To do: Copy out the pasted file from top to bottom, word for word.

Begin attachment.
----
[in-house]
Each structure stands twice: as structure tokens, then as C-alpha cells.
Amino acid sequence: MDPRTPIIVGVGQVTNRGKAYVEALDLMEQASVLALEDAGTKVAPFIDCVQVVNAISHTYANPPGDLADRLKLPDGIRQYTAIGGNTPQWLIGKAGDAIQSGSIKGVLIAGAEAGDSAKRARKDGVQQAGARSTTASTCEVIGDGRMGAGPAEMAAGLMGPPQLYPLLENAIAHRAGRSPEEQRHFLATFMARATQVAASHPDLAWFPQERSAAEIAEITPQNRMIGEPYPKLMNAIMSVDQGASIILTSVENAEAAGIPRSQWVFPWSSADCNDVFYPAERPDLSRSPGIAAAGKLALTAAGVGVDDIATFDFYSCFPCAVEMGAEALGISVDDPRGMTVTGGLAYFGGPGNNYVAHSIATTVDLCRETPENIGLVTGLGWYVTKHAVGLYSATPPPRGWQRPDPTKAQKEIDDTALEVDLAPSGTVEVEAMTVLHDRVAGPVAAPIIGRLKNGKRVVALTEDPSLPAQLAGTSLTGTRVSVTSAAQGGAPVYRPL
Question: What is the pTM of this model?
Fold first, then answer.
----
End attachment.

[in-house]
Each structure stands twice: as structure tokens, then as C-alpha cells.
Amino acid sequence: MDPRTPIIVGVGQVTNRGKAYVEALDLMEQASVLALEDAGTKVAPFIDCVQVVNAISHTYANPPGDLADRLKLPDGIRQYTAIGGNTPQWLIGKAGDAIQSGSIKGVLIAGAEAGDSAKRARKDGVQQAGARSTTASTCEVIGDGRMGAGPAEMAAGLMGPPQLYPLLENAIAHRAGRSPEEQRHFLATFMARATQVAASHPDLAWFPQERSAAEIAEITPQNRMIGEPYPKLMNAIMSVDQGASIILTSVENAEAAGIPRSQWVFPWSSADCNDVFYPAERPDLSRSPGIAAAGKLALTAAGVGVDDIATFDFYSCFPCAVEMGAEALGISVDDPRGMTVTGGLAYFGGPGNNYVAHSIATTVDLCRETPENIGLVTGLGWYVTKHAVGLYSATPPPRGWQRPDPTKAQKEIDDTALEVDLAPSGTVEVEAMTVLHDRVAGPVAAPIIGRLKNGKRVVALTEDPSLPAQLAGTSLTGTRVSVTSAAQGGAPVYRPL
Question: What is the pTM of this model?
Fold first, then answer.